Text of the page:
Posted on 2018-10-01 12:53:51

We've consider doing that from time to time, but there are a couple reasons we end up shying away from it. The primary reason is simply because our focus is really on the hardware and figuring out what is best for the programs our customers already use. Getting into comparing software packages is really not our forte and since our to-do list is already so long we feel it is better to focus on what we really excel at doing right now.

The second reason is that while performance is a consideration when choosing which software to use, I honestly think it shouldn't be the primary one. Using whichever software fits your workflow is really the thing you should mostly be worrying about since there are usually workarounds for performance issues (such as using proxies). For example, Premiere Pro is a terrific editor and has great integration with other Adobe apps like After Effects and Photoshop. Resolve, on the other hand, is amazing for color grading and has the advantage of having everything (editing, motion graphics, audio, and color) all in one application. Resolve is also better IMO if you have multiple people working on a project (or remotely) due to it's database structure and collaboration tools.

Posted on 2018-10-01 16:20:14
NicoI

Bit of a rebel here, I am thinking of buying the 2080 Ti for Magix Vegas and I was wondering if this GPU would help with it's general performance, namely preview speed? Is there a significant difference is OpenCL performance from the 1080 Ti to the 2080 Ti or should I stick with the 1080 Tis?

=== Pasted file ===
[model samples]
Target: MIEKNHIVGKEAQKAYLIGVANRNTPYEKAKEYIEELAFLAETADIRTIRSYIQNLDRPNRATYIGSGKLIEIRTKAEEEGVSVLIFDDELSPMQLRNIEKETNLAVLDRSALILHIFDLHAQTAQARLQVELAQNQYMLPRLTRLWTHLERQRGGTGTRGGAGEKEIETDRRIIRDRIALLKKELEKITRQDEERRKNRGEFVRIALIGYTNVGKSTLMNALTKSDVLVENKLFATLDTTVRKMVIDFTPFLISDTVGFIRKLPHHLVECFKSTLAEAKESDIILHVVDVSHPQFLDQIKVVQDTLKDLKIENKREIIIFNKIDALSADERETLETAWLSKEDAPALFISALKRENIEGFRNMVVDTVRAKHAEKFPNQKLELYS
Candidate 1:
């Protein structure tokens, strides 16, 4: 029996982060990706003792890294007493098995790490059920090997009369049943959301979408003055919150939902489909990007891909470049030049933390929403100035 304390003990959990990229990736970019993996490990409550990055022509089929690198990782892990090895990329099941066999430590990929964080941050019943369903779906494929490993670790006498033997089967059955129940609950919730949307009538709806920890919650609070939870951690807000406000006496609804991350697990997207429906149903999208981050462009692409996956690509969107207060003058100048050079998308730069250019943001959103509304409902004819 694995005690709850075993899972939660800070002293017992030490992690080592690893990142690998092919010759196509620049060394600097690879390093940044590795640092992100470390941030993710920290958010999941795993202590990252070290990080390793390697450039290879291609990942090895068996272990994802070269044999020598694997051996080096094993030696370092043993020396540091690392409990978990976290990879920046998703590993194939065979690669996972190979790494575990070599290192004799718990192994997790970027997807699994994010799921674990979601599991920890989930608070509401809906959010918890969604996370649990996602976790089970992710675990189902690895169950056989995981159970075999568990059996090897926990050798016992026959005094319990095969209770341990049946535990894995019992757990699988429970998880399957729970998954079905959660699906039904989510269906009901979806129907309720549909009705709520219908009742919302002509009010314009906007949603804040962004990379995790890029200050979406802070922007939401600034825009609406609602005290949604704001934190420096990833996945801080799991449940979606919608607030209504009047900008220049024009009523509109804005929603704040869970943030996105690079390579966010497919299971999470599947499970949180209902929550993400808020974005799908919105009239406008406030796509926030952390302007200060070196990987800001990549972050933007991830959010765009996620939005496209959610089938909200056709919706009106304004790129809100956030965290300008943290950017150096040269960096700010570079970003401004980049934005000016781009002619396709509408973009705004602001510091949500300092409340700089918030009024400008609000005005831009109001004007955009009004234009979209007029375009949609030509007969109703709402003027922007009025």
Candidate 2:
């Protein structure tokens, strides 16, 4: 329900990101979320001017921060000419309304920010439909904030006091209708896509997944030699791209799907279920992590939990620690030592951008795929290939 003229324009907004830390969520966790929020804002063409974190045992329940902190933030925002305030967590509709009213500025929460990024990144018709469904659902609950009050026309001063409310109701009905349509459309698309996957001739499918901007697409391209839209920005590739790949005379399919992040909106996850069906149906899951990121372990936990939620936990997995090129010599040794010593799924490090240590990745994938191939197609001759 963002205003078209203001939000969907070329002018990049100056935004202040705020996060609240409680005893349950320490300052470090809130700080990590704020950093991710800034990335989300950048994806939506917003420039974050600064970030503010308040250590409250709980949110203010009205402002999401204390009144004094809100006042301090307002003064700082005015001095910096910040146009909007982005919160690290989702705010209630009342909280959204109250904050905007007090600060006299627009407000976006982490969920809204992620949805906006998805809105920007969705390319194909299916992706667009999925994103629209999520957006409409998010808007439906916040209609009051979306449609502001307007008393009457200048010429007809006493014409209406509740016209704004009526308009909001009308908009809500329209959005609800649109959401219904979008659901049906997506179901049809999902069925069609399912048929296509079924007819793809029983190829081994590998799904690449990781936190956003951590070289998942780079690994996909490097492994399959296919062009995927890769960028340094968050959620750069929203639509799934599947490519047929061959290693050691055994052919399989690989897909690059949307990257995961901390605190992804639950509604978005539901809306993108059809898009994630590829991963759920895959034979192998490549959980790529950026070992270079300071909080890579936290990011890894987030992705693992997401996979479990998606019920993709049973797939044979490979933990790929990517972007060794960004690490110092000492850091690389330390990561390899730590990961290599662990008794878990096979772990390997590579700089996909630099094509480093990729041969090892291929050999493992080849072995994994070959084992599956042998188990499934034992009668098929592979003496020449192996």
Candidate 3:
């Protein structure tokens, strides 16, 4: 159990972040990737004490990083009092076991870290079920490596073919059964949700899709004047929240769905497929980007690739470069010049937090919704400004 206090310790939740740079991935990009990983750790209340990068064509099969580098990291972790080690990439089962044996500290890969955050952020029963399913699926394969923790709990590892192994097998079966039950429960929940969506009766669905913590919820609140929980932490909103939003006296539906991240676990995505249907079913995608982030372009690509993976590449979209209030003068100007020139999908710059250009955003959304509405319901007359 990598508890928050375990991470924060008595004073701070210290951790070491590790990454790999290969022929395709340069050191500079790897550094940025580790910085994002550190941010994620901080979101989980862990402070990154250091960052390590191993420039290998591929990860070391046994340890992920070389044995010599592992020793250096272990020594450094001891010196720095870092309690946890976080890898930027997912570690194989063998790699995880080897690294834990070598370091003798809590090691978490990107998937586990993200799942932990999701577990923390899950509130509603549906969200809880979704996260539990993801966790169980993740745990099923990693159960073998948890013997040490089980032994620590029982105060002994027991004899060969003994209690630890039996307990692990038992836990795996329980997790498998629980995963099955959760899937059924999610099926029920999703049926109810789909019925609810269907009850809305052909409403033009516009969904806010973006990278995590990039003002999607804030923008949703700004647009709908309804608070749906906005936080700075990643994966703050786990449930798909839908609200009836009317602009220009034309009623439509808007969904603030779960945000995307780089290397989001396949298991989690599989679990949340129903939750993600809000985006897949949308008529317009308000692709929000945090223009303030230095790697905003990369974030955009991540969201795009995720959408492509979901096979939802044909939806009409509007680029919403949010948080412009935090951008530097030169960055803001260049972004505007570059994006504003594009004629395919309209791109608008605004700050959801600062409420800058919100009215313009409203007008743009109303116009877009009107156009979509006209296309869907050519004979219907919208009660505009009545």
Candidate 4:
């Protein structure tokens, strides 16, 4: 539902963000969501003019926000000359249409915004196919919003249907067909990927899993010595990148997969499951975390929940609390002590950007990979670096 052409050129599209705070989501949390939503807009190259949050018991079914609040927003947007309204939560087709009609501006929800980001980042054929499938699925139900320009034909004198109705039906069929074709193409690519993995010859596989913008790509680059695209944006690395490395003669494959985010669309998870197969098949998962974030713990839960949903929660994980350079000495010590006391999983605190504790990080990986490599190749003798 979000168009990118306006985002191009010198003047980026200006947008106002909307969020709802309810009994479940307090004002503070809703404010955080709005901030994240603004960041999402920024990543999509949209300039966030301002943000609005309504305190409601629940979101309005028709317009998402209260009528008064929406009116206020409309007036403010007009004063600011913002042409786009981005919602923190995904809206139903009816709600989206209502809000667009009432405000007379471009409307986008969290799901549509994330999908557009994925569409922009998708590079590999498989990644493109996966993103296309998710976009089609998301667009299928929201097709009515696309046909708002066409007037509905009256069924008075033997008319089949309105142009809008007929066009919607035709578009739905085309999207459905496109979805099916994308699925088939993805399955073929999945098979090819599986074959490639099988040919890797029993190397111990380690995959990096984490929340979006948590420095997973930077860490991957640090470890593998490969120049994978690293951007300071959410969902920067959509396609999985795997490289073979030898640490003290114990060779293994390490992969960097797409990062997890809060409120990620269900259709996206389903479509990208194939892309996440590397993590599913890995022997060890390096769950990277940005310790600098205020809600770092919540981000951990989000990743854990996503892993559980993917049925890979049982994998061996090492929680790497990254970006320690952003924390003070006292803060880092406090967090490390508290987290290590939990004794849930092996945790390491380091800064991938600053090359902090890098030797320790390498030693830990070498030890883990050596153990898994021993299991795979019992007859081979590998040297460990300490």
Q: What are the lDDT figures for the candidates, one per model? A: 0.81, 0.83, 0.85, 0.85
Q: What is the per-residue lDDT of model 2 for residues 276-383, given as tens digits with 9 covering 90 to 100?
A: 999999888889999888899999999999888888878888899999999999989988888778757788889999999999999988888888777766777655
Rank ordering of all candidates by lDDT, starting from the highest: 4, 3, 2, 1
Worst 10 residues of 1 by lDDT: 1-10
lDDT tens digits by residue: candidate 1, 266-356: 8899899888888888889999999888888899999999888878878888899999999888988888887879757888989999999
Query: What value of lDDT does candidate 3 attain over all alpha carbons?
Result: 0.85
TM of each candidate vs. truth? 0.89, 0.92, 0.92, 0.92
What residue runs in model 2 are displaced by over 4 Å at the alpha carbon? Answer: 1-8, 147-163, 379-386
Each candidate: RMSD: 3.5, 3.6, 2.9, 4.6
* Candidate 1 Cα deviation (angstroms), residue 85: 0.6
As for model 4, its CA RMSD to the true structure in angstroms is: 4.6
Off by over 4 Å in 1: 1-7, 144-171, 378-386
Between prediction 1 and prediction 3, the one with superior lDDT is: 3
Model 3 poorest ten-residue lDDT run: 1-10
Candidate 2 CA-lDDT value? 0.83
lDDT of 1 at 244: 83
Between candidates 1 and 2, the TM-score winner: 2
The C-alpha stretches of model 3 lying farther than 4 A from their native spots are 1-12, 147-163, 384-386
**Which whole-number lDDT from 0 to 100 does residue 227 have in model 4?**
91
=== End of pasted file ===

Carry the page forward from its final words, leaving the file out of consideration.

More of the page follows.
Posted on 2018-10-05 17:07:21

Vegas isn't something we typically look at, so I can't say for sure. My best guess is that you won't see much of a performance difference with a 2080 Ti. Similar to Premiere Pro, I believe Vegas is much more CPU dependent so my guess is that except in limited situations you are going to be CPU bottlenecked even with a 1080 Ti.

Posted on 2018-10-05 17:14:41

I have a 1080 Ti and I frequently get GPU Out of Memory errors when grading 4K RED footage. It seems to happen randomly when I go heavy on noise reduction. I would love to see these cards tested for where there memory limits are and compared to the Quadro RTX 6000 with it's 24GB memory to see if it blows away the limits I keep running into, or if it's maybe just a poor memory management issue in Resolve that even 24GB won't fix.

Posted on 2018-10-14 02:00:21

If it happens randomly, you are probably right on the edge of having enough VRAM. So a Quadro RTX with 24GB should be plenty to prevent those errors. One thing you can do is download a program called GPU-Z and use that to keep an eye on the "Memory Used" to see how quickly you are filling up the GPU memory. That might give you an idea of how much VRAM your workflow needs.

Posted on 2018-10-15 15:55:00